Back in 2020, Stephen King released If It Bleeds, a collection of four short stories, three of which were immediately snapped up for film adaptations. The first out of the gate is Mr. Harrigan’s Phone, which Netflix releases on October 5. The story centers on a young man named Craig (Jaeden Martell, young “Stuttering Bill” from It: Chapter One) who starts doing house chores for an elderly man named Mr. Harrigan (Donald Sutherland). The two of them strike up an uneasy friendship that grows as Craig teaches Harrigan how to use a new invention called a “Smart Phone.” Harrigan eventually passes, but unexpectedly, he keeps in touch with Craig—from beyond the grave. In her lukewarm review of the film for The A.V. Club, Courtney Howard said, “director [John Lee] Hancock and his stable of frequent collaborators give the picture an alluring, semi-spooky appeal.”
11 / 17
Here’s a cinematic team-up that’s sure to pique the interest of anyone with more than a passing interest in film: Henry Selick and Jordan Peele. The latter is a producer of stop motion master Selick’s latest, Wendell & Wild, which is being released by Netflix. Bonus cool factor, Keegan-Michael Key also stars alongside Peele! The plot follows demon brothers Wendell (Key) and Wild (Peele), who enlist a sassy teen, Kat Elliot (Lyric Ross), to summon them to the Land of the Living. But Kat has her own demands for them, which makes for a unique and fun-looking adventure. As Selick returns to the director’s chair for the first time in 13 years (since Coraline), there’s a lot to intrigue audiences here. It’s also exciting to see Jordan Peele turn his creativity towards animation, not to mention stop-motion animation.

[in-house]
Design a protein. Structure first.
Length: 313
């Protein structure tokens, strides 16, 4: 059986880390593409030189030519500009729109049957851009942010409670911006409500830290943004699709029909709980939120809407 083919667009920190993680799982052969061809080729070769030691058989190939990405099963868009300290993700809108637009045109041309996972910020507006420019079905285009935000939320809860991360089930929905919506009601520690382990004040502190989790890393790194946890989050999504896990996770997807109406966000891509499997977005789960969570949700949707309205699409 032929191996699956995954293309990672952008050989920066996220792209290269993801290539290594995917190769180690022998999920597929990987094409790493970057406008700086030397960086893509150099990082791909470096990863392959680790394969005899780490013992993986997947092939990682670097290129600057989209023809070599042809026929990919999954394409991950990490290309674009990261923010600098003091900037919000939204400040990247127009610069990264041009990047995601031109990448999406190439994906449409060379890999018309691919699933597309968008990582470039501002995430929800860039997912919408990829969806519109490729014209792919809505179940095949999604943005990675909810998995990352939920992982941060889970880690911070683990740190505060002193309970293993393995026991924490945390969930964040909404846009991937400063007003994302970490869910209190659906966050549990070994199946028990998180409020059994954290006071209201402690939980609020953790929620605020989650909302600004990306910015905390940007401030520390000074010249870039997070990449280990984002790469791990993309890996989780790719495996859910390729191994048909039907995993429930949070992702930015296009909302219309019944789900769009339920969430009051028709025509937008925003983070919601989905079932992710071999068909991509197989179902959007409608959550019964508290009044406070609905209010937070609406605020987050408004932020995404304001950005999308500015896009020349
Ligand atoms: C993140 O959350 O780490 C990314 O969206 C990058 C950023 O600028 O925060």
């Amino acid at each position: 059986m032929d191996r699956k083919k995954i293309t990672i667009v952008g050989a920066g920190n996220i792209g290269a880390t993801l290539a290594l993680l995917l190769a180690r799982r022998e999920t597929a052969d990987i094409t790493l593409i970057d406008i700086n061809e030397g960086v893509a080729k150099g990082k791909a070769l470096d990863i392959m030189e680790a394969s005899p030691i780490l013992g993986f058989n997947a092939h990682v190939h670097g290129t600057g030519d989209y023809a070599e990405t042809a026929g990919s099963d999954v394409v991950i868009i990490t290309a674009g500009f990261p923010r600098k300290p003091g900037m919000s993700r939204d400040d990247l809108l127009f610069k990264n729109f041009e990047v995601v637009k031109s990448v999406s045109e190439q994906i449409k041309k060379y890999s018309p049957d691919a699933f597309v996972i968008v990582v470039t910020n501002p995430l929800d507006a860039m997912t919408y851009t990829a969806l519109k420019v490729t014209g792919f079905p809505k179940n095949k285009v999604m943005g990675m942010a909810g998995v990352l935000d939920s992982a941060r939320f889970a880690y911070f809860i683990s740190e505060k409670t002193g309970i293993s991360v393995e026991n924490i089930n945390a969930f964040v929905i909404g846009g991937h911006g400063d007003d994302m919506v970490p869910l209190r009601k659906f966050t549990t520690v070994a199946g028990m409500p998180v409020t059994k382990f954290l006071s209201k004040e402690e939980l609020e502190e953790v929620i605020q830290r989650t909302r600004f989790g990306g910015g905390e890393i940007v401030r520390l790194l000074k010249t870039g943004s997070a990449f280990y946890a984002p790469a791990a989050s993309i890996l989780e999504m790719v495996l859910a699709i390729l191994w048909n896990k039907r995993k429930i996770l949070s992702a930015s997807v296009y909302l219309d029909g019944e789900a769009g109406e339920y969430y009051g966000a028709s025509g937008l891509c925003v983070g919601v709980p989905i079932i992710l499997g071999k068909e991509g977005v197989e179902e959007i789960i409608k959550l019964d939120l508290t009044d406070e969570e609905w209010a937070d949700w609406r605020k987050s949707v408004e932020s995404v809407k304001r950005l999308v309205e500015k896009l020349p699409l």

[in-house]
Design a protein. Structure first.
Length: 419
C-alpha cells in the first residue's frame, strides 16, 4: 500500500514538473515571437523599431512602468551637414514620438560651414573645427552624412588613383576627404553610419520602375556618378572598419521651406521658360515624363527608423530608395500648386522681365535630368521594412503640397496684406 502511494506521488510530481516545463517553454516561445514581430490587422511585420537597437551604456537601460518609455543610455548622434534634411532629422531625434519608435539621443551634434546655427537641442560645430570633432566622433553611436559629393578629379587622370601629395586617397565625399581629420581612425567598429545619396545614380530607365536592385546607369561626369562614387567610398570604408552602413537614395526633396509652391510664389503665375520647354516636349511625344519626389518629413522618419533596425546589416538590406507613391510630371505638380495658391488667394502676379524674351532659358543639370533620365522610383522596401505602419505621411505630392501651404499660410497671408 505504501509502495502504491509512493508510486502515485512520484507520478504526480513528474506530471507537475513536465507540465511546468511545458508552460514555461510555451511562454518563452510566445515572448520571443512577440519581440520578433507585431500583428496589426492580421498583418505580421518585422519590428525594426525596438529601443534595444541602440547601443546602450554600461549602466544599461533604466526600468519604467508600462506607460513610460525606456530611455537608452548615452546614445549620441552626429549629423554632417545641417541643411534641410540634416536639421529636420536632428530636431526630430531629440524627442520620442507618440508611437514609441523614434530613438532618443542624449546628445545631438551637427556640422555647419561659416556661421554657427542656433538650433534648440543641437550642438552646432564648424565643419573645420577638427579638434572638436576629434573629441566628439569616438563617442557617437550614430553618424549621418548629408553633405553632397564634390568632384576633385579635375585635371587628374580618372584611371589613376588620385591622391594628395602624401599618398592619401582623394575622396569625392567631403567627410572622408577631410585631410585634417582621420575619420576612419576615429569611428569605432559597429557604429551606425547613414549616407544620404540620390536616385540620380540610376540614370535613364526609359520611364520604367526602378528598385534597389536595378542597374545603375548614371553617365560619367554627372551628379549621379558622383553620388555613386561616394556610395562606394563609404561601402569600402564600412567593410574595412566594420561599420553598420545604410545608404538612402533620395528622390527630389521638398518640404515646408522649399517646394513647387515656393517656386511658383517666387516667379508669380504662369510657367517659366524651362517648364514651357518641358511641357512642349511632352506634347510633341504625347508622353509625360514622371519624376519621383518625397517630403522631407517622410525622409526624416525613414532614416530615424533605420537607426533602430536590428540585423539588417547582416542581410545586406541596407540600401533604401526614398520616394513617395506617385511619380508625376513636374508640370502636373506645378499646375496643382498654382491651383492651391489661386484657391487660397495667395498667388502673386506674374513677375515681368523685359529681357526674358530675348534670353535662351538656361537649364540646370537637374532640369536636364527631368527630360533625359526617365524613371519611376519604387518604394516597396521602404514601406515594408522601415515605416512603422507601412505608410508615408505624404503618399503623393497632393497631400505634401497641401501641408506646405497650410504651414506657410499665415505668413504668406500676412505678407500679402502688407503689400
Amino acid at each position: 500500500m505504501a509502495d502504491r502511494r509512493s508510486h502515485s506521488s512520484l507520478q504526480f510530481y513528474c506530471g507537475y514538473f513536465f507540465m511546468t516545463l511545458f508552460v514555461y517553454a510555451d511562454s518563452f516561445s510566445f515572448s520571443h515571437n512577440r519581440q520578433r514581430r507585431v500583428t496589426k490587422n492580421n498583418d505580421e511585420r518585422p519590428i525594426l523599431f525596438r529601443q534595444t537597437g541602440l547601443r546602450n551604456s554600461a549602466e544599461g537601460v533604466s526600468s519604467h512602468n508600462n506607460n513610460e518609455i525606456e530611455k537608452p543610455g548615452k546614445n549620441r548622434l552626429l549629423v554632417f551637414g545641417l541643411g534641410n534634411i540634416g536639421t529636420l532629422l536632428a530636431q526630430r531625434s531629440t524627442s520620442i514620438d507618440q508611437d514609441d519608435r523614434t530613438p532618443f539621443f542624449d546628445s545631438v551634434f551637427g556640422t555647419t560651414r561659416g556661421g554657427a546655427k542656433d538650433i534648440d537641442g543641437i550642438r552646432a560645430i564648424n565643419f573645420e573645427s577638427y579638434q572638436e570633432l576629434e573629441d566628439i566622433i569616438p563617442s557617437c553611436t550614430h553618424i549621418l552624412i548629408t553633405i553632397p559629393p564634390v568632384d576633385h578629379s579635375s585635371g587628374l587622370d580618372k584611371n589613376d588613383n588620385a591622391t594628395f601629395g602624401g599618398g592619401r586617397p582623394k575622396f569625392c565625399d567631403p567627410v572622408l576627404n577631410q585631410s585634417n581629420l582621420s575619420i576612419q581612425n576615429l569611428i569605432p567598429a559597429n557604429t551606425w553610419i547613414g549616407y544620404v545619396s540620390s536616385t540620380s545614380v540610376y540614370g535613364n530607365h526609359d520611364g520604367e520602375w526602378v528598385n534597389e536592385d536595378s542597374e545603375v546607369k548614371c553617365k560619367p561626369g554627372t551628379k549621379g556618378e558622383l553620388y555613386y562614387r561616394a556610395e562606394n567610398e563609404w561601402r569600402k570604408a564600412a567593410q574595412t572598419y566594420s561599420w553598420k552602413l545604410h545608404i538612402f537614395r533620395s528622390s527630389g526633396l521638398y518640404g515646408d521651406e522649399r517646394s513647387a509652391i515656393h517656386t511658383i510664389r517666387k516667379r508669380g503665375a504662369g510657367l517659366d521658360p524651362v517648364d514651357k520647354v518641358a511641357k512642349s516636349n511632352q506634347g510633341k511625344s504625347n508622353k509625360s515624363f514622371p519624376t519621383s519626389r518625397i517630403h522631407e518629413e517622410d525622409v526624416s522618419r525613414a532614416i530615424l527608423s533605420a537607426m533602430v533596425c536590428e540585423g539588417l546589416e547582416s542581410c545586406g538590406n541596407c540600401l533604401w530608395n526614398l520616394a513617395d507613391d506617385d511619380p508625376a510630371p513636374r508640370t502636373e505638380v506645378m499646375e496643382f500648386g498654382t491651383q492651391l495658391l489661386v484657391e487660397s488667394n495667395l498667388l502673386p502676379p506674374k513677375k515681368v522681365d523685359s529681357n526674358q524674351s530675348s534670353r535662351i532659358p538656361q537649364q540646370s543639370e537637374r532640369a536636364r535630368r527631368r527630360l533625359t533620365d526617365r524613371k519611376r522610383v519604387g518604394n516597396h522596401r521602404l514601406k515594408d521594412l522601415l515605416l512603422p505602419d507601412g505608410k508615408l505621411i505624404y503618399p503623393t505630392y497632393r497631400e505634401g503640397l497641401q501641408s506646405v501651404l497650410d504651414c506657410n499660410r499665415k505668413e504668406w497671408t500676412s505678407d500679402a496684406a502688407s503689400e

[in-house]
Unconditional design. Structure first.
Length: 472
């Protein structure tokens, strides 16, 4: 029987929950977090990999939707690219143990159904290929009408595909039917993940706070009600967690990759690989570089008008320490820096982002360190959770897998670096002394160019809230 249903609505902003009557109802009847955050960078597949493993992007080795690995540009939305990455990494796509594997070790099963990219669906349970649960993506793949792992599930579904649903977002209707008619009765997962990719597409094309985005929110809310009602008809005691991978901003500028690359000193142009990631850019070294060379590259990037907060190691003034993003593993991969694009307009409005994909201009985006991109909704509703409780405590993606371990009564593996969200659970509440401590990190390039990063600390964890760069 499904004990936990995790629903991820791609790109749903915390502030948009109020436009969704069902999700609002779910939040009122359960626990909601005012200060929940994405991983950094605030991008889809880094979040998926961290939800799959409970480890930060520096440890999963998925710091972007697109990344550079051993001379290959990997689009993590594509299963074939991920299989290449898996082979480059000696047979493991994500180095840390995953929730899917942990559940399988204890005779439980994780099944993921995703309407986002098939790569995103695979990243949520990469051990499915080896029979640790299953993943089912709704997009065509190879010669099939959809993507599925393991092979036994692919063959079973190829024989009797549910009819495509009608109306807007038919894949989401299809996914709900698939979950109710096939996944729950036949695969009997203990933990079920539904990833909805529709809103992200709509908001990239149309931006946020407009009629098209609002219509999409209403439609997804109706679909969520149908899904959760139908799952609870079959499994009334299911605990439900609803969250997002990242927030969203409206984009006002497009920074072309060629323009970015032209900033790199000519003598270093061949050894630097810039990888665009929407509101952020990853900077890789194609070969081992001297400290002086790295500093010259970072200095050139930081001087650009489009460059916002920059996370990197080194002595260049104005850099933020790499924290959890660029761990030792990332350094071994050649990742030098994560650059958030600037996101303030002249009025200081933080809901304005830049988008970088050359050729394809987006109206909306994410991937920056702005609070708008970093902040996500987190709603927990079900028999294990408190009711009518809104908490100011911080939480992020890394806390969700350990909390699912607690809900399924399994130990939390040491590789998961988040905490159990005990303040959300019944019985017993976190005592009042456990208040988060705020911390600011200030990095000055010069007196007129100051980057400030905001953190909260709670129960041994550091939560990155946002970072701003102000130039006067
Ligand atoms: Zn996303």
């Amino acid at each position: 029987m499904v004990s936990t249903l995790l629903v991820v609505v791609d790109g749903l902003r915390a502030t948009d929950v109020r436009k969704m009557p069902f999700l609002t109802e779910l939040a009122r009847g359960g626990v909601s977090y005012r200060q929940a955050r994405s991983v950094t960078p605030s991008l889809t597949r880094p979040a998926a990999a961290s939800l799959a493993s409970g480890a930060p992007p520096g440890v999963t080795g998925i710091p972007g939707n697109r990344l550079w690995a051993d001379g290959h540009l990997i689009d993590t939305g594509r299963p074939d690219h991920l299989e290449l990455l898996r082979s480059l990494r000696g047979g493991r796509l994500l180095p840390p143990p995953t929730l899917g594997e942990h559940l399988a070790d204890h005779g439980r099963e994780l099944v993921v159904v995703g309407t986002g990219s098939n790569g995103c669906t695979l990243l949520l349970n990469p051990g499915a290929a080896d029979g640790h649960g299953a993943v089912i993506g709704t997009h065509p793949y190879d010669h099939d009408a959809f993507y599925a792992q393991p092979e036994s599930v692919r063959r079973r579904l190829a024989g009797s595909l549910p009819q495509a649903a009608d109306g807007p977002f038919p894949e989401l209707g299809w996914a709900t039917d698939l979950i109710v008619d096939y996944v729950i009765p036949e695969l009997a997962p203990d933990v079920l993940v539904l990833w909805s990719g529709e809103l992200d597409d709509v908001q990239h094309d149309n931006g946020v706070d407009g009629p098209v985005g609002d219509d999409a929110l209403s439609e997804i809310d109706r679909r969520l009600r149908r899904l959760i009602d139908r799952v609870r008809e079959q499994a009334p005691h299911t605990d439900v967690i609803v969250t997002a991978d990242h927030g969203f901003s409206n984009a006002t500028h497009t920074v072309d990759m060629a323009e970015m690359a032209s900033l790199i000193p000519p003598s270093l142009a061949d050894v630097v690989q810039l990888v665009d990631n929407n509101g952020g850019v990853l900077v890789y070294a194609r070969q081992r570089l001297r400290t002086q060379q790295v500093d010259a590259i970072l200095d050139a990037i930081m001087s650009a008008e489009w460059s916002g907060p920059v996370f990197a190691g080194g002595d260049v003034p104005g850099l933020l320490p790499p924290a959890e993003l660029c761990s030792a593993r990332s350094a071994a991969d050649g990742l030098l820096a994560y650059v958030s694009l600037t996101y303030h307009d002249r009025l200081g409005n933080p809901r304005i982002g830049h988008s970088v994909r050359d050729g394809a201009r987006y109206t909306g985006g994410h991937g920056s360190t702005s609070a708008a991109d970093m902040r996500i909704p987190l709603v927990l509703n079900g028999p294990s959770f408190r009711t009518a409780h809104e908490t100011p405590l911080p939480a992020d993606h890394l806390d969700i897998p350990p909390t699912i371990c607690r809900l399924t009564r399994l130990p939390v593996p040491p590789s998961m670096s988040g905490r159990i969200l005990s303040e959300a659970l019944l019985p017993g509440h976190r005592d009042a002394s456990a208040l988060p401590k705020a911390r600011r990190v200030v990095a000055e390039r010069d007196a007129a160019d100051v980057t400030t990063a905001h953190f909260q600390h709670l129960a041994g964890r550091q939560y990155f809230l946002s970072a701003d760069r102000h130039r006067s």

12 / 17
Taking its title from the old adage that any team can win on “any given Sunday,” Oliver Stone turned his cinematic eye away from powerful politicians (JFK, 1991) and Vietnam heroes (Platoon, Born Of The Fourth Of July, Nixon) to the high-stakes world of professional football. On the surface, it’s an odd choice, but Any Given Sunday cast an early eye on the brutality of the sport in terms of owners and how players are treated when they’re winning, and when they’re losing. Additionally, it’s a visual stunner, featuring an all-star cast led by Al Pacino, Jamie Foxx, Cameron Diaz, and Dennis Quaid. In a review for The A.V. Club, Nick Schager admiringly says of the film, “ [it] brazenly strives for Shakespearean grandeur, thanks in part to the scripting of playwright-turned-screenwriter John Logan.”
13 / 17